Boxwood is versatile and useful, but some in the landscape industry are afraid to use it because of the recent scares around boxwood blight. Your customers may have questions about boxwood, or they may just be ordering what they think of as alternatives. Alternatives are out there, but there is more to the boxwood story...
Everybody Loves Boxwood - The Blight Not So Much
Buxus is the number one selling ornamental in the U.S. We all love this plant - numbers don’t lie. It is so versatile: it is used for borders, hedges, and topiary. Most anything you can dream up, you can probably make it work with boxwood.
One of the most important things to know about boxwood is that there is no boxwood native to North America. They were all originally imported as species plants and hybridized for marketability. That is: growth speed, color, and winter resistance.
In the U.S. there is a varietal sometimes referred to as American boxwood and it makes me smile because there is no American boxwood. This is actually Buxus sempervirens and it came from Europe with the first settlers. They brought Buxus sempervirens along with the cultivar Buxus sempervirens ‘Suffruticosa’. You often see that one in southern Virginia and farther south. They get big and pillowy and cloud shaped and very broad.
Here is the part where I burst that pillowy cloud to tell you that suffruticosa is the most susceptible to boxwood blight. The good news is that we are learning more every day about how to manage the blight.
Living with Boxwood Blight and Other Challenges
We are learning to live with the blight just as they have done in Europe. They had it long before we did. The issue of blight comes and goes. Some years it is a bigger problem than others. When it first appeared in the US back in 2011 it reared up and took us by surprise. We didn’t know what it was, we didn’t see it coming, and we thought it was the end of boxwood. But it turns out not to be so.
Since then we have learned more and more about preventative care. There are fungicides that work well. If you have a valuable boxwood garden it’s worth investing in preventive care.
Beyond the blight, there are other diseases that come after your Buxus. There are leaf, root, and stem diseases. And don’t forget the boxwood leafminer. So why aren’t all of these problems top of mind? Because we’ve learned to live with them and manage them with proactive care. And the hits keep coming. One challenge on the horizon is the boxwood tree moth which may have arrived in the U.S.from Canada. Not the over-politeness we usually expect from Canada, but here we are.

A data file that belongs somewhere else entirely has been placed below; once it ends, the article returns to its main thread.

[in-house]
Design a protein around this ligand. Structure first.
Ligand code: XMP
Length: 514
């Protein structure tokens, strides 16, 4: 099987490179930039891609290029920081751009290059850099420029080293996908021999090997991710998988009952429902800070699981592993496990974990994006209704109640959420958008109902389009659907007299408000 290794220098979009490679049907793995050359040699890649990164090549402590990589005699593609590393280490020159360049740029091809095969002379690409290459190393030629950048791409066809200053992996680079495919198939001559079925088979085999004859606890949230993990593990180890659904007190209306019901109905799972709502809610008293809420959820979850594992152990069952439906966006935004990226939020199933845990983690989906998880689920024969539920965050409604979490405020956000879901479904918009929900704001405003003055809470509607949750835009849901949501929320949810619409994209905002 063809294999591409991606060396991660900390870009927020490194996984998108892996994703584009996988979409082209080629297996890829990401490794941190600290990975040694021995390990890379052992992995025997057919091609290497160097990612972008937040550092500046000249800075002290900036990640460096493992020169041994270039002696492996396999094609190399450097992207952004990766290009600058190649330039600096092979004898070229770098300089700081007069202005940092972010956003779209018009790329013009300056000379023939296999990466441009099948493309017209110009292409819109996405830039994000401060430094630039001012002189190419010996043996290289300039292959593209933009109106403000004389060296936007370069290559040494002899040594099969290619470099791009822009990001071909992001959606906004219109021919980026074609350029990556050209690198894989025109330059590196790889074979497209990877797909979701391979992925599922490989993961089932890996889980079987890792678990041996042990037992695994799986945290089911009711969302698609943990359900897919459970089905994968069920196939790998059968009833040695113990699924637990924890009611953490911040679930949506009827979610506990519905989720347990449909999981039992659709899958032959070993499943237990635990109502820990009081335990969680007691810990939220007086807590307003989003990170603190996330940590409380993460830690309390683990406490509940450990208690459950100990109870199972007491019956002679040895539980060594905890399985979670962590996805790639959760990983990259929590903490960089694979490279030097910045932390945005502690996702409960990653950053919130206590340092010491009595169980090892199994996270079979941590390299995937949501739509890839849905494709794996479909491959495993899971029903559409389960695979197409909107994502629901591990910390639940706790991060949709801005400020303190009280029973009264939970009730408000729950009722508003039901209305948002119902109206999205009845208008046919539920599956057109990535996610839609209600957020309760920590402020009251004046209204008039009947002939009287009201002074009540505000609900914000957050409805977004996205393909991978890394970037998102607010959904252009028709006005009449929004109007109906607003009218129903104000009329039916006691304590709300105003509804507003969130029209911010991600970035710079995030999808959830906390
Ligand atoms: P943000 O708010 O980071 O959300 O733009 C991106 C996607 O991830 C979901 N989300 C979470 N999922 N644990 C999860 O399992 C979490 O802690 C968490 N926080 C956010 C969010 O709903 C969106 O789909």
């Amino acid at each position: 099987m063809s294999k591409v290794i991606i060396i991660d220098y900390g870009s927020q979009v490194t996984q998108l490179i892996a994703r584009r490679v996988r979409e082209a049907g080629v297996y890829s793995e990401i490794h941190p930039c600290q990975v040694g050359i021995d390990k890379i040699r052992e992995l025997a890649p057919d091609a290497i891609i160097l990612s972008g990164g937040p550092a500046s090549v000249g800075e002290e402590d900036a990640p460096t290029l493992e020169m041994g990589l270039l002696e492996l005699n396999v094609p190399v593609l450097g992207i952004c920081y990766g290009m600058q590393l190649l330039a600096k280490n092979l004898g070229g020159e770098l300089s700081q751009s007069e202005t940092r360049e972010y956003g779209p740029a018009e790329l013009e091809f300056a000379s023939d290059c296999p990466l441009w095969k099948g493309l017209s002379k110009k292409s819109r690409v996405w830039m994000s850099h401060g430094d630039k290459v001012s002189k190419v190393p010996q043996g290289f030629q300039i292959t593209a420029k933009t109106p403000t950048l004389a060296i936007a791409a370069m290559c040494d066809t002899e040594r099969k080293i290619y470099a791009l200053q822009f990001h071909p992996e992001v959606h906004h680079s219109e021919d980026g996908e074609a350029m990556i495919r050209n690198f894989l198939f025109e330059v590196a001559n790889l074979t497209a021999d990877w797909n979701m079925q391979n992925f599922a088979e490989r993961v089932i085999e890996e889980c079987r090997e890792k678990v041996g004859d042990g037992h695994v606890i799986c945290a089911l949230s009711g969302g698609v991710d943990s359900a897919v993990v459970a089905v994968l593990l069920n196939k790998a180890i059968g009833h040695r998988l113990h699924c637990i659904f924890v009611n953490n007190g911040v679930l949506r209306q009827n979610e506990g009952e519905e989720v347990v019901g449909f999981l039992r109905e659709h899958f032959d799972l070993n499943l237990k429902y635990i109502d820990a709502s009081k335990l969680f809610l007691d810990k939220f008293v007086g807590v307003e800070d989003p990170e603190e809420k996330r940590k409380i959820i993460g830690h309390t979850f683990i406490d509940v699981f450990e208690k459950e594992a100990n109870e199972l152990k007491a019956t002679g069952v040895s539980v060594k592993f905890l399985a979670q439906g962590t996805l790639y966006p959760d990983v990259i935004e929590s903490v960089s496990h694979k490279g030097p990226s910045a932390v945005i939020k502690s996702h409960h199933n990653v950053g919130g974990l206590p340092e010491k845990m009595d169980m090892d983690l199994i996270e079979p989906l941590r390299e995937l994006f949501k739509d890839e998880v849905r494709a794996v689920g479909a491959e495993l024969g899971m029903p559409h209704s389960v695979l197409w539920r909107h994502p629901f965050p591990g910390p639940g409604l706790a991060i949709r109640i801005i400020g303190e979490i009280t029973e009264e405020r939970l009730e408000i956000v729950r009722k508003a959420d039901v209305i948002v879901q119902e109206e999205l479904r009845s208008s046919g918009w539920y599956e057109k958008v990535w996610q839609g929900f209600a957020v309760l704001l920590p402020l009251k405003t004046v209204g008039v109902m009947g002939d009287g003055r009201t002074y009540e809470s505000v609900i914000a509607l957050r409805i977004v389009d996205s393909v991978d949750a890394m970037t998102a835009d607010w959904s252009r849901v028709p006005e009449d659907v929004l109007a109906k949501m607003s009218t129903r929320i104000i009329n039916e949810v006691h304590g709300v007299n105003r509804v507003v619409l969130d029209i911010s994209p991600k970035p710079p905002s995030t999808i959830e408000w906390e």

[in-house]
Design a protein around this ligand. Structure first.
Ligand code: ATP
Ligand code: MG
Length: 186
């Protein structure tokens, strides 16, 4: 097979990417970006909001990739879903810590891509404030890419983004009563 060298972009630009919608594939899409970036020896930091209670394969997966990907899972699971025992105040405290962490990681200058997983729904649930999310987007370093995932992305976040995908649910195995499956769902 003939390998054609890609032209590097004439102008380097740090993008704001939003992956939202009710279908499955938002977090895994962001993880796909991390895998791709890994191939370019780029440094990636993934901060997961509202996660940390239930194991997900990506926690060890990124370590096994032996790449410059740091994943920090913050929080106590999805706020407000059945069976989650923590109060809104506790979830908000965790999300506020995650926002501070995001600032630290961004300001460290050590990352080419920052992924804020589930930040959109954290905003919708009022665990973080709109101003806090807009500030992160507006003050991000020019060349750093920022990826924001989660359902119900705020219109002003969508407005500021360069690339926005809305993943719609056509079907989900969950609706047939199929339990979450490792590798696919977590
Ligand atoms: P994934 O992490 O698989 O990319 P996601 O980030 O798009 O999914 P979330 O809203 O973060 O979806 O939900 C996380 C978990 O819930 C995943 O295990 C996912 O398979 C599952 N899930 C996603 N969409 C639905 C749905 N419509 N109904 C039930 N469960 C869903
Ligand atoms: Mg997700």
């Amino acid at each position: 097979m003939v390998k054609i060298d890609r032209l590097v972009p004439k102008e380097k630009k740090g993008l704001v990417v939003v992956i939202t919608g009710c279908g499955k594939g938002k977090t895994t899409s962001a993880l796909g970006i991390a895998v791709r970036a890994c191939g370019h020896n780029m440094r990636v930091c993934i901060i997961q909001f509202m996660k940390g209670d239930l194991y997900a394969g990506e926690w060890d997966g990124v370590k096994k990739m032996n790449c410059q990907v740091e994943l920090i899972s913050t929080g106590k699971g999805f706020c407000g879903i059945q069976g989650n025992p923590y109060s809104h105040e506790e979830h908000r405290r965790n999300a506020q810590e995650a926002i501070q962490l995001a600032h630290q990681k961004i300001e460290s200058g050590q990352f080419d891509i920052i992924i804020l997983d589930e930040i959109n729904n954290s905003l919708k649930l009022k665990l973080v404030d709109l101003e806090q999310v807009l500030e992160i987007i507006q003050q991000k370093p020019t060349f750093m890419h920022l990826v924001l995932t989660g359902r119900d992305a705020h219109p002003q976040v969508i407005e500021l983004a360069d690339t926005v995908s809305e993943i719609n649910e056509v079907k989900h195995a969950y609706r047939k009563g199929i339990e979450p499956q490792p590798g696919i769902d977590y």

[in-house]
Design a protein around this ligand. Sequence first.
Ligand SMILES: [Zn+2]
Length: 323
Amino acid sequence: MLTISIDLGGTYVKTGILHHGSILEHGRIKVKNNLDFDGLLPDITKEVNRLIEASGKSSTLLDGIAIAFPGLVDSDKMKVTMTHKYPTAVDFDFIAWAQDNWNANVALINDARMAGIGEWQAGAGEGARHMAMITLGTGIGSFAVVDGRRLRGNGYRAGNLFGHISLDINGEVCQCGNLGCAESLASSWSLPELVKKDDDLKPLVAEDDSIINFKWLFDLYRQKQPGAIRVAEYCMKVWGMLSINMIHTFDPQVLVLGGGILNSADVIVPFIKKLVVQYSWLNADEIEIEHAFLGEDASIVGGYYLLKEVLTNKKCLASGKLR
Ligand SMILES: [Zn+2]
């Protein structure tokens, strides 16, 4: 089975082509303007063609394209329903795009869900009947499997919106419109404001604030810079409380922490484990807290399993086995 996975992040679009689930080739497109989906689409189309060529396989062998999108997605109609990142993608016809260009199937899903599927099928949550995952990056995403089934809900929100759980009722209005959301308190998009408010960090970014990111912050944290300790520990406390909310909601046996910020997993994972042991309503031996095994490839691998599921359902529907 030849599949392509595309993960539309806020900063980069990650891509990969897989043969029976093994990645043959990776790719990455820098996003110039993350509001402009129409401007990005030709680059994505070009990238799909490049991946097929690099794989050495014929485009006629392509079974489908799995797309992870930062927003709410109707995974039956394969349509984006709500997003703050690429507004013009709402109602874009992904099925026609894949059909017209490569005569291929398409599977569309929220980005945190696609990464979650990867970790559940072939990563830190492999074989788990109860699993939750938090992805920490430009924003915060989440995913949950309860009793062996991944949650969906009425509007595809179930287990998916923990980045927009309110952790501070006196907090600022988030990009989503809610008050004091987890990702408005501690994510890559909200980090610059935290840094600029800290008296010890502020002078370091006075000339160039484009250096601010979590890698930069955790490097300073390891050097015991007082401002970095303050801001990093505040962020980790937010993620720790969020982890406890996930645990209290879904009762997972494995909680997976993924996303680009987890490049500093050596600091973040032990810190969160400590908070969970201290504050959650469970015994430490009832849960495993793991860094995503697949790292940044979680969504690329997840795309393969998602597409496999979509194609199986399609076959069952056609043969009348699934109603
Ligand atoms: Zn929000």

So whether it’s Buxus or some other valuable plant resource in your care, you’ll want to buy from growers who walk the rows vigilantly and really take note of what they see in the field. We have to keep up to date on information coming from the extension to be ready for what’s next. It is early days for the tree moth. Meanwhile, you’ve still got to be vigilant about the blight because the spore can live up to seven years in the soil. Here at Waverly Farm, we’ve signed a Boxwood Blight Compliance Agreement (BBCA) with the Maryland Department of Agriculture.
There are alternatives to boxwood that you can offer to customers who are concerned. One such option would be Ilex crenata. This has a small leaf, with density that from a distance looks like boxwood and provides a range of cultivars that are as slow growing as boxwood. Taxus is another plant now being subbed in for Buxus because of the boxwood scare.
They are alternatives, but not great alternatives. We don’t think either ilex crenata or taxus is a great substitute for buxus. Taxus is basically deer food. And I. crenata does well until a severe winter. Then, you have to start over.
How about alternatives within the boxwood species? We grow several buxus cultivars which have shown no issues whatsoever: ‘Dee Runk’, Buxus fastigiata, ‘John Baldwin’, and ‘Green Mountain’ to name a few. This is just our experience, so take that with a grain of salt.
Still nervous about boxwood?
It’s a natural inclination to steer away from problems. If you or someone you know had a bad experience, you might be keen to find an “anything but boxwood” approach. And for growers, it’s an expensive, slow-growing plant that demands a significant investment of time and field space. So, if there is real concern about selling it, one may ask, why would I continue growing it? These concerns are understandable.
The bottom line for me is this: Fear of boxwood blight is not a valid reason for not investing in boxwood. It is, however, an excellent opportunity to ask questions about how Buxus is doing in your region and to be selective about the cultivars you choose to include in your planting plan. Alternatives are there, but not great. Proactive management is the best way to cope with boxwood blight challenges. It is a plant with too much value for its foundational role in landscape designs. My advice: manage, don’t avoid.
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